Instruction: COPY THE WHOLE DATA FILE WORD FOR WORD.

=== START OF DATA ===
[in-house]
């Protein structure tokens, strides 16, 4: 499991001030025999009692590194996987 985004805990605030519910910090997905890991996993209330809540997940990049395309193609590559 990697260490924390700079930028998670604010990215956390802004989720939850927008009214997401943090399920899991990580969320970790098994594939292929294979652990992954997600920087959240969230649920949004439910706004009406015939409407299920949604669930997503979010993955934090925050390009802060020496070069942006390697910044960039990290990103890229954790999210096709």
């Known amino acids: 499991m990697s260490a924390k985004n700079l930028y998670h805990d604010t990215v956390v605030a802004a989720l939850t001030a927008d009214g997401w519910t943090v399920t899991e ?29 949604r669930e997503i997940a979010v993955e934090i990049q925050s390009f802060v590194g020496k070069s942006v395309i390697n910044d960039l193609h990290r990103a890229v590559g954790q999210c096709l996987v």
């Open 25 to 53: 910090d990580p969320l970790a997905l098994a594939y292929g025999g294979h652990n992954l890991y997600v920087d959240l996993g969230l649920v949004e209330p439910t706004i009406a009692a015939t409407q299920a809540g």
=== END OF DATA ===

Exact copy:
[in-house]
């Protein structure tokens, strides 16, 4: 499991001030025999009692590194996987 985004805990605030519910910090997905890991996993209330809540997940990049395309193609590559 990697260490924390700079930028998670604010990215956390802004989720939850927008009214997401943090399920899991990580969320970790098994594939292929294979652990992954997600920087959240969230649920949004439910706004009406015939409407299920949604669930997503979010993955934090925050390009802060020496070069942006390697910044960039990290990103890229954790999210096709």
């Known amino acids: 499991m990697s260490a924390k985004n700079l930028y998670h805990d604010t990215v956390v605030a802004a989720l939850t001030a927008d009214g997401w519910t943090v399920t899991e ?29 949604r669930e997503i997940a979010v993955e934090i990049q925050s390009f802060v590194g020496k070069s942006v395309i390697n910044d960039l193609h990290r990103a890229v590559g954790q999210c096709l996987v």
């Open 25 to 53: 910090d990580p969320l970790a997905l098994a594939y292929g025999g294979h652990n992954l890991y997600v920087d959240l996993g969230l649920v949004e209330p439910t706004i009406a009692a015939t409407q299920a809540g």